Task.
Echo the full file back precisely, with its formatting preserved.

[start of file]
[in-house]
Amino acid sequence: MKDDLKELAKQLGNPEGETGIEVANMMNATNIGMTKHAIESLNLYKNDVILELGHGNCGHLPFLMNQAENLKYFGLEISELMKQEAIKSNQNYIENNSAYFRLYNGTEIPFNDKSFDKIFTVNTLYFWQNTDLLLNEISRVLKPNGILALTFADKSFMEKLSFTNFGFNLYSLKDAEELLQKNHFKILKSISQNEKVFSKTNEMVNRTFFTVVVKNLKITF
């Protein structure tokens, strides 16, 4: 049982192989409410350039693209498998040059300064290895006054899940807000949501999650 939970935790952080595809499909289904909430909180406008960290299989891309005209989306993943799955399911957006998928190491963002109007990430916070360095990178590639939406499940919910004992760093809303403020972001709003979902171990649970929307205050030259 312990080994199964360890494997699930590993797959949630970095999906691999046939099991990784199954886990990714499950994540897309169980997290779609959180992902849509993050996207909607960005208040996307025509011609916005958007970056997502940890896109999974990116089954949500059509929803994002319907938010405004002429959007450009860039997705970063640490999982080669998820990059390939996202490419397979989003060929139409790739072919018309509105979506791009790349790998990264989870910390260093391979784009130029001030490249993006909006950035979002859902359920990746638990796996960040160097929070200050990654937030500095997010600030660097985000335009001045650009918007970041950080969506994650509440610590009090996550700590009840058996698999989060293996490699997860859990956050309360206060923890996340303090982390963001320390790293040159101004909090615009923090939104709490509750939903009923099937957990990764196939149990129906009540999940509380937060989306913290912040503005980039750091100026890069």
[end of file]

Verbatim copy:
[in-house]
Amino acid sequence: MKDDLKELAKQLGNPEGETGIEVANMMNATNIGMTKHAIESLNLYKNDVILELGHGNCGHLPFLMNQAENLKYFGLEISELMKQEAIKSNQNYIENNSAYFRLYNGTEIPFNDKSFDKIFTVNTLYFWQNTDLLLNEISRVLKPNGILALTFADKSFMEKLSFTNFGFNLYSLKDAEELLQKNHFKILKSISQNEKVFSKTNEMVNRTFFTVVVKNLKITF
């Protein structure tokens, strides 16, 4: 049982192989409410350039693209498998040059300064290895006054899940807000949501999650 939970935790952080595809499909289904909430909180406008960290299989891309005209989306993943799955399911957006998928190491963002109007990430916070360095990178590639939406499940919910004992760093809303403020972001709003979902171990649970929307205050030259 312990080994199964360890494997699930590993797959949630970095999906691999046939099991990784199954886990990714499950994540897309169980997290779609959180992902849509993050996207909607960005208040996307025509011609916005958007970056997502940890896109999974990116089954949500059509929803994002319907938010405004002429959007450009860039997705970063640490999982080669998820990059390939996202490419397979989003060929139409790739072919018309509105979506791009790349790998990264989870910390260093391979784009130029001030490249993006909006950035979002859902359920990746638990796996960040160097929070200050990654937030500095997010600030660097985000335009001045650009918007970041950080969506994650509440610590009090996550700590009840058996698999989060293996490699997860859990956050309360206060923890996340303090982390963001320390790293040159101004909090615009923090939104709490509750939903009923099937957990990764196939149990129906009540999940509380937060989306913290912040503005980039750091100026890069």